You can bowl only two... What else can they do? People are still scoring a lot more runs... I don’t think you can tamper too much with the rules. I don’t think it’s harming the game. It’s only when it’s harming the game that you should go into those sort of things.
⦿ With concussion substitutions allowed, there’s a plan to limit the number of bouncers at the junior level…
There again I think if the umpires feel there’s something like intimidation, then they can step in. They run the game.
⦿ Who would you consider as the best batsman against fast bowling?
It’s very difficult to say in the sense that we didn’t have guys like Tom Graveney playing against us. Of course, the Gavaskars did very well. The Chappells at different times... There were some great players before as well. Colin
Cowdrey, Ted Dexter, Bob Simpson, Bill Lawry they were greats. From India there was also Gundappa Viswanath... Dilip Sardesai was an excellent cricketer though I don’t hear a lot of talk about him. He was someone I’ve always admired.
⦿ Can Virat Kohli be considered as a great?
He’s a tremendous cricketer. I forgot to mention people like Kane Williamson. I admire him quite a lot. There’s also Geoffrey Boycott whom I didn’t mention. You’d pay money to go and watch them. Don’t forget people like Rohit Sharma, Sachin Tendulkar, VVS Laxman... All tremendous batsmen. For quite a number of years, Rahul Dravid was your best batsman. I am now admiring young Rishabh Pant.
⦿ Can a Viv be compared to anyone of the current lot?
No... different times, different situations but Viv Richards could make runs any day, any time. He was like Garfield Sobers... Sunil Gavaskar or the Chappells. A great player is a great player... Doesn’t matter what time he’s playing. If you bring Boycott now, he will make runs in Test cricket because he’s that type of a player. One-day players are slightly different. Take the example of Chris Gayle, he is exciting and you get your money’s worth.
⦿ Would you consider this India side as the best ever?
They are a much better side because they have variety, the players are fitter and more professional... Yeah I would think so... Don’t forget they came from behind most times in Australia and that was excellent. Judging by their performances from that series you can say that this is the best Indian team ever.
⦿ You played with by far the heaviest bat then. Has the modern cricket bat brought more power into shots?
I don’t read much into it. It doesn’t matter since it involves the same risk. It might just have little bit more wood in it... It’s good for all. It’s not that one side is using it and the other is not. It’s up to you if you can handle a bat which has a bit more wood and is not too heavy... I don’t see anything wrong with it.
⦿ There’s a conception that if a Richards or a Lloyd batted with such bats they would have finished with more runs...
It’s not just about the bat, it also involves the user (laughs)... It’s up to the batsman... It’s the skill of using your bat. Is it light enough or if it’s too heavy you might not be able to play the shots you’d love to. So it depends on the individual. It’s just got a bit more wood in it. It’s not wider or longer. As I said, if it’s good for one, it’s good for all.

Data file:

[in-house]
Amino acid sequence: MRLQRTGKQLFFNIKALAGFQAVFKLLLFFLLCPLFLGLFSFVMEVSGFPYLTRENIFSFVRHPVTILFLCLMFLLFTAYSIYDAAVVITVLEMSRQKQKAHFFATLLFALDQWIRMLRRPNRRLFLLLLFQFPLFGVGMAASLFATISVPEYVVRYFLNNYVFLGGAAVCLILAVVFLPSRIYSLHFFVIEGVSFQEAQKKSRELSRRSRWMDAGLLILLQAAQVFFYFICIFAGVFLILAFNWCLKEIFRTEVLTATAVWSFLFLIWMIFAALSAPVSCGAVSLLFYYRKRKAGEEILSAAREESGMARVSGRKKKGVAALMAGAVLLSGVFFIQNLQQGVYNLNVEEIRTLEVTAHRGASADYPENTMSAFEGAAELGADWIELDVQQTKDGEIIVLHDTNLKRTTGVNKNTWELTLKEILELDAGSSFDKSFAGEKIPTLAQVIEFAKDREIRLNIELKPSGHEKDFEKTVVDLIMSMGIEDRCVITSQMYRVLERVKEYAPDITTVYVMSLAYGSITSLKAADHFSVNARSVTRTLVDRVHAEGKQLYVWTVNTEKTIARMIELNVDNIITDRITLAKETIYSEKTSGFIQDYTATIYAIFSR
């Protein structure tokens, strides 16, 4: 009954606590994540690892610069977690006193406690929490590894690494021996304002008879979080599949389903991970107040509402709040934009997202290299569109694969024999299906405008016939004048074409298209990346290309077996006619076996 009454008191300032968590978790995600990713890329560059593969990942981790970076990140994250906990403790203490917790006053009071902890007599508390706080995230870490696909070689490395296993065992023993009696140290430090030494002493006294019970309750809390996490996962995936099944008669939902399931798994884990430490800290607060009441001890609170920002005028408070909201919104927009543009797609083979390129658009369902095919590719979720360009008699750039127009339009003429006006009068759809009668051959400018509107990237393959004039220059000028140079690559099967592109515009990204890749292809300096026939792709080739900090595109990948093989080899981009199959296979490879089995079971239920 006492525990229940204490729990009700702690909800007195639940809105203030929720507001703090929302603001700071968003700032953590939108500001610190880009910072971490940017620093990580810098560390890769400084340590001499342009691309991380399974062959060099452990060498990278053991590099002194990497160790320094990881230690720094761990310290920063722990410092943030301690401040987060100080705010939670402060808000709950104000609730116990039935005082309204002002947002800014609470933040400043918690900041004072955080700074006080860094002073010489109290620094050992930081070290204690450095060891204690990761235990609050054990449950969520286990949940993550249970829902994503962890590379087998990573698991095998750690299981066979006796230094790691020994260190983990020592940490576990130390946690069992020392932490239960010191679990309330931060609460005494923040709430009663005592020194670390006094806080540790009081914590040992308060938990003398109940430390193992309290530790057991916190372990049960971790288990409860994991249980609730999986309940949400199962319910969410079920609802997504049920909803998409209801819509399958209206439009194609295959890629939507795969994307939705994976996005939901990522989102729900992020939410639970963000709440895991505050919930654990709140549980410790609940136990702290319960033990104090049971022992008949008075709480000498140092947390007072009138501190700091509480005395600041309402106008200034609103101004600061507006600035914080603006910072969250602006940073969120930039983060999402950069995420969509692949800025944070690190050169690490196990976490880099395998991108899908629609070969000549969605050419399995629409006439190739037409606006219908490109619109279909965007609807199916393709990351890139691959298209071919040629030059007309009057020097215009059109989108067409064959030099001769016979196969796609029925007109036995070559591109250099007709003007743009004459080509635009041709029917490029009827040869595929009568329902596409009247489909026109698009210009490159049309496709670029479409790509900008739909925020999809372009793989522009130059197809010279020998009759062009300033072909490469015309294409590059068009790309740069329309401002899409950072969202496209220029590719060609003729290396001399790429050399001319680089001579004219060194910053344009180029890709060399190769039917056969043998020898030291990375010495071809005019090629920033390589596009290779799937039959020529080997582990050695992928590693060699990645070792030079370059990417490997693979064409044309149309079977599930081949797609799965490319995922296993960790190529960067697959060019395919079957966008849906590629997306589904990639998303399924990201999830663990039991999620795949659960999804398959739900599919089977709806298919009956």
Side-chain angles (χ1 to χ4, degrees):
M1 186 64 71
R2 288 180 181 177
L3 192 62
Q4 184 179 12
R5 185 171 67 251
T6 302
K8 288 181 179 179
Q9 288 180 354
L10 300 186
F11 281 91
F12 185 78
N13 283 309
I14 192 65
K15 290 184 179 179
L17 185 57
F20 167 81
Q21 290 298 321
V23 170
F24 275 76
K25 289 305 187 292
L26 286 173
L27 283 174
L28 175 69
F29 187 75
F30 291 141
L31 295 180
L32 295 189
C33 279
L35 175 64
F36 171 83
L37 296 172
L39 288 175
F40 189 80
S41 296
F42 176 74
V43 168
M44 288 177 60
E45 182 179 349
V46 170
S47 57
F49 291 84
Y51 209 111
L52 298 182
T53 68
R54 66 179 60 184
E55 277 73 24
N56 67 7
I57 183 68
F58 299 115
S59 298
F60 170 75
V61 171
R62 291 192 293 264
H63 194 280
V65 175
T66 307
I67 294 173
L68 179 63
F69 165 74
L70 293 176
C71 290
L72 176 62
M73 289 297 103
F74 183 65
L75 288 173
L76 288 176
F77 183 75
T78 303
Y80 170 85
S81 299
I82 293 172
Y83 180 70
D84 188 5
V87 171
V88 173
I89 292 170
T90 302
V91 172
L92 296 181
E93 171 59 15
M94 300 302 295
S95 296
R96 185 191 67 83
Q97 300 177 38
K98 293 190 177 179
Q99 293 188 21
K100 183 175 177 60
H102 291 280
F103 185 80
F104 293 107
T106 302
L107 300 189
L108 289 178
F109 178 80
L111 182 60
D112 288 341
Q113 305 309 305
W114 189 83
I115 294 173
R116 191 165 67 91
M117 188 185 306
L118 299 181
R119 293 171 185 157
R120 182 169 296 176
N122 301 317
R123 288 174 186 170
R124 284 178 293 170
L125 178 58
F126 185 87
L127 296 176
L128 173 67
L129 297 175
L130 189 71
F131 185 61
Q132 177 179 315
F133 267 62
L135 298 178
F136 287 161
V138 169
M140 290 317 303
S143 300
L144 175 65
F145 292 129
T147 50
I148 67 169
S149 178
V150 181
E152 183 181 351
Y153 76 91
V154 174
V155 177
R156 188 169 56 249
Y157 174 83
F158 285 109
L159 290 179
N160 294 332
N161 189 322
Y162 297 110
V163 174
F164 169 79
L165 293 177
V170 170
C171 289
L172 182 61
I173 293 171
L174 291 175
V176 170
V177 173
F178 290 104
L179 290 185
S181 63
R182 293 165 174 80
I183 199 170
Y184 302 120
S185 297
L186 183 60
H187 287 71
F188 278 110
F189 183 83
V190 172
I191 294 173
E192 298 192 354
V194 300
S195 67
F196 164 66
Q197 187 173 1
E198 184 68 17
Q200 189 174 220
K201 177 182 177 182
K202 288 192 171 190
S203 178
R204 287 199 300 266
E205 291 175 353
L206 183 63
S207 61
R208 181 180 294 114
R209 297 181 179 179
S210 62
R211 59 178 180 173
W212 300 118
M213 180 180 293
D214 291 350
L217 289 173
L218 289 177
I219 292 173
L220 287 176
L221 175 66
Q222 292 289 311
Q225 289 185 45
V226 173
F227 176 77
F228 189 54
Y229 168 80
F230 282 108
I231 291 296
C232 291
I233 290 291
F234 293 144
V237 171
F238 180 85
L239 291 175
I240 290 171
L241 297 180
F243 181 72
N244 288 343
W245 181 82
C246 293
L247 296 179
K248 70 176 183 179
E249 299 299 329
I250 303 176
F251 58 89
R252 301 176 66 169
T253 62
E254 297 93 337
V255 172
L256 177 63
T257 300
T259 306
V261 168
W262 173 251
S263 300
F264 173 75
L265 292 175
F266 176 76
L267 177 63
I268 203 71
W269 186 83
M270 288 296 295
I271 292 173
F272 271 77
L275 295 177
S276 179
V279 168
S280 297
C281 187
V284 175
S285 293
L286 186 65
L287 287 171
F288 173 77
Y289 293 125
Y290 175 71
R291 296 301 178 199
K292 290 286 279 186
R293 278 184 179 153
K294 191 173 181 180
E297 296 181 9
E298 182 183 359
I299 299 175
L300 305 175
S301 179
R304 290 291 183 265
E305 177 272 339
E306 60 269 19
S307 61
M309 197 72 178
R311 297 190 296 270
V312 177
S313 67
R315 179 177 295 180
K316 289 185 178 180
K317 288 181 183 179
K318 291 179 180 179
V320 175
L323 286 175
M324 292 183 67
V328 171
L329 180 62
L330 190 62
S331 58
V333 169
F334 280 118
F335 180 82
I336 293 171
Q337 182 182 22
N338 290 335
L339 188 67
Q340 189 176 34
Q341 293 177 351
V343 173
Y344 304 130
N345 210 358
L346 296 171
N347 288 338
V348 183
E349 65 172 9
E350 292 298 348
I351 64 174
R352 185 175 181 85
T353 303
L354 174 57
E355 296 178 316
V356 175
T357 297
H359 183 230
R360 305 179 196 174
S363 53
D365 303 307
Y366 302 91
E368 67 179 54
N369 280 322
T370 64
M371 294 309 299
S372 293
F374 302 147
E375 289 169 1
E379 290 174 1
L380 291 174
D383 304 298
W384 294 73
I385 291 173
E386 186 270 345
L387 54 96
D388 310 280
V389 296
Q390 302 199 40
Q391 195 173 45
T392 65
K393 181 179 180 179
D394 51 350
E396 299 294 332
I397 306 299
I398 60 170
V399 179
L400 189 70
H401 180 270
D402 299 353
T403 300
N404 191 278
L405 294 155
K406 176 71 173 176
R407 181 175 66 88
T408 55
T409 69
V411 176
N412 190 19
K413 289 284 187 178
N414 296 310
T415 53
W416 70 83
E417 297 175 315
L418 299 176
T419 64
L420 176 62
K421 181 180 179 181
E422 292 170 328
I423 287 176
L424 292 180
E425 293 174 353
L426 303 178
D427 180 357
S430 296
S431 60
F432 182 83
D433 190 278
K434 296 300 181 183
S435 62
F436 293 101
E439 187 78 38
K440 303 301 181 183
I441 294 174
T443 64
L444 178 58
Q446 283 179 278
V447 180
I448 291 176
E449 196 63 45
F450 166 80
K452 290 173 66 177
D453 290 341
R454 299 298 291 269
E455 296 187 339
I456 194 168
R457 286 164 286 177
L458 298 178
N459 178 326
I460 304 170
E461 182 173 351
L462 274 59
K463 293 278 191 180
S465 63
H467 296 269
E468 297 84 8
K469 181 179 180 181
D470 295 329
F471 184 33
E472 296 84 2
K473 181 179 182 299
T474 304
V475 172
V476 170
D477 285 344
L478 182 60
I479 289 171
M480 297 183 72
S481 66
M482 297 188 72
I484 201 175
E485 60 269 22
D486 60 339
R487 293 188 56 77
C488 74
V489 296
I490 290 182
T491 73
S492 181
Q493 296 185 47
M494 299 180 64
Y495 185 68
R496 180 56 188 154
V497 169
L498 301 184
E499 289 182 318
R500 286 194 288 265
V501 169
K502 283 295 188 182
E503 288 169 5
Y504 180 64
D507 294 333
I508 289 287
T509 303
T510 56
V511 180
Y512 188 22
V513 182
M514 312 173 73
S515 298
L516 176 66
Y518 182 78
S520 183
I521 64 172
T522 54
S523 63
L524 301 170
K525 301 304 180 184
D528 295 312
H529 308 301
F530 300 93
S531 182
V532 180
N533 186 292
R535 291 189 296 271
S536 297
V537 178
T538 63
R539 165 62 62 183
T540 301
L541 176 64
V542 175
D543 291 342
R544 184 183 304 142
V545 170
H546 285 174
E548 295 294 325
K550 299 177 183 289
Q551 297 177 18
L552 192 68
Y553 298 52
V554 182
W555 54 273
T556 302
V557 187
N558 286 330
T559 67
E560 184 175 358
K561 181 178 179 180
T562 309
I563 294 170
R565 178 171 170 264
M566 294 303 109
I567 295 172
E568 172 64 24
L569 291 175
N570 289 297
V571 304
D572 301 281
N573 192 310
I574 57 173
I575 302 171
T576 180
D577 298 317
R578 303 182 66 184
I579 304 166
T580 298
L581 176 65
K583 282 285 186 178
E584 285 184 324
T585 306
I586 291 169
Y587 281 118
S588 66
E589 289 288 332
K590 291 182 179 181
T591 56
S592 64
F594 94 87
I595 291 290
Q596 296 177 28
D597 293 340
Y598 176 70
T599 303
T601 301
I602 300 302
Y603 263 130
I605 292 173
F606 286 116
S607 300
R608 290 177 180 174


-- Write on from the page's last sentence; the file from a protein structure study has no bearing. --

⦿ Your take on the World Test Championship…
I would like to see four teams ending up playing for the title instead of just two. The top four can play against each other with the toppers contesting the final.
⦿ Do you support the concept of Day-Night Tests?
I am just worried about the dew. You are starting with a dry ball, and then if there’s dew, the spinners wouldn’t be able to come into play with the pink ball. It seems there’s dew in some places fairly early while there is no dew at all in certain countries. You need to work these things out. In Test matches both teams have to encounter the same situation... That is the only problem I have with it... On the positive side in D-N games you at least don’t have to take a half-day off.
⦿ Last year Holding shook the world with a moving speech during the Black Lives Matter movement. Do you sympathise with him?
This has been happening since long. It’s only now that we hope that people take notice and do something about it... That the colour of your skin doesn’t matter. It’s your ability that counts... The point is that we can be taking a knee for years if nothing changes. We need change and that is what it is all about.
⦿ Does the 1983 World Cup final loss still hurt?
No, not at all. I thought we gave India a chance to show that they can do well in one-day cricket and look how it has come through. We were disappointed but we won two World Cups and played in three consecutive finals. It matters who plays better on the day and that was it.
⦿ Is the current West Indies team capable of bringing back its past glory?
I hope so. They did well in Bangladesh. They chased down big targets and played as a team. At least now you have a nice pool of players to choose from and this Bangladesh tour could serve as a springboard. When they start winning more Tests against much more fancied teams then we can say that they have turned the corner.
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Time: 6.45 PM (IST)